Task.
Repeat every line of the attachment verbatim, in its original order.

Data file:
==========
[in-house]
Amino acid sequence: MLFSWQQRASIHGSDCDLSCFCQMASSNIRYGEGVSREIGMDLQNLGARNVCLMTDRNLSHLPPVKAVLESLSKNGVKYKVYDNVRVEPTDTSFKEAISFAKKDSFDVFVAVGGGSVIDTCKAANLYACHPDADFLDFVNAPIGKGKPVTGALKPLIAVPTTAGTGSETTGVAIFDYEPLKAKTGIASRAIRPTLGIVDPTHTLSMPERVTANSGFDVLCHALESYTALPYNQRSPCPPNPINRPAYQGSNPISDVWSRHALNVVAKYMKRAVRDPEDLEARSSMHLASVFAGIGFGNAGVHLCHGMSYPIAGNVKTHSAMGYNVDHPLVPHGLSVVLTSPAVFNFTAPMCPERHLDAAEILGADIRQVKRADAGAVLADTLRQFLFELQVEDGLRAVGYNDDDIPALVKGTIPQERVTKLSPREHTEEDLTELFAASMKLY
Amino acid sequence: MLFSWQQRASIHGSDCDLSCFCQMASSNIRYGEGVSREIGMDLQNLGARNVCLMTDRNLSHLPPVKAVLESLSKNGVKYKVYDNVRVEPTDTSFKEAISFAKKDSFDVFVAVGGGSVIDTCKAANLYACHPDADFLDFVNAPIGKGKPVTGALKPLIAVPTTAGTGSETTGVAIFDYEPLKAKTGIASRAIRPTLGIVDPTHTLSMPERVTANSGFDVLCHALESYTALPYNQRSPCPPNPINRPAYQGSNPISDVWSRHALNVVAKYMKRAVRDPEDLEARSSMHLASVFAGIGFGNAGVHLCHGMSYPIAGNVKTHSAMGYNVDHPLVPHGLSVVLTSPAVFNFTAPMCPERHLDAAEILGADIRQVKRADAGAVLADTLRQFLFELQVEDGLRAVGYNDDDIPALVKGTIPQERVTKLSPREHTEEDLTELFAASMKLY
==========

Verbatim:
[in-house]
Amino acid sequence: MLFSWQQRASIHGSDCDLSCFCQMASSNIRYGEGVSREIGMDLQNLGARNVCLMTDRNLSHLPPVKAVLESLSKNGVKYKVYDNVRVEPTDTSFKEAISFAKKDSFDVFVAVGGGSVIDTCKAANLYACHPDADFLDFVNAPIGKGKPVTGALKPLIAVPTTAGTGSETTGVAIFDYEPLKAKTGIASRAIRPTLGIVDPTHTLSMPERVTANSGFDVLCHALESYTALPYNQRSPCPPNPINRPAYQGSNPISDVWSRHALNVVAKYMKRAVRDPEDLEARSSMHLASVFAGIGFGNAGVHLCHGMSYPIAGNVKTHSAMGYNVDHPLVPHGLSVVLTSPAVFNFTAPMCPERHLDAAEILGADIRQVKRADAGAVLADTLRQFLFELQVEDGLRAVGYNDDDIPALVKGTIPQERVTKLSPREHTEEDLTELFAASMKLY
Amino acid sequence: MLFSWQQRASIHGSDCDLSCFCQMASSNIRYGEGVSREIGMDLQNLGARNVCLMTDRNLSHLPPVKAVLESLSKNGVKYKVYDNVRVEPTDTSFKEAISFAKKDSFDVFVAVGGGSVIDTCKAANLYACHPDADFLDFVNAPIGKGKPVTGALKPLIAVPTTAGTGSETTGVAIFDYEPLKAKTGIASRAIRPTLGIVDPTHTLSMPERVTANSGFDVLCHALESYTALPYNQRSPCPPNPINRPAYQGSNPISDVWSRHALNVVAKYMKRAVRDPEDLEARSSMHLASVFAGIGFGNAGVHLCHGMSYPIAGNVKTHSAMGYNVDHPLVPHGLSVVLTSPAVFNFTAPMCPERHLDAAEILGADIRQVKRADAGAVLADTLRQFLFELQVEDGLRAVGYNDDDIPALVKGTIPQERVTKLSPREHTEEDLTELFAASMKLY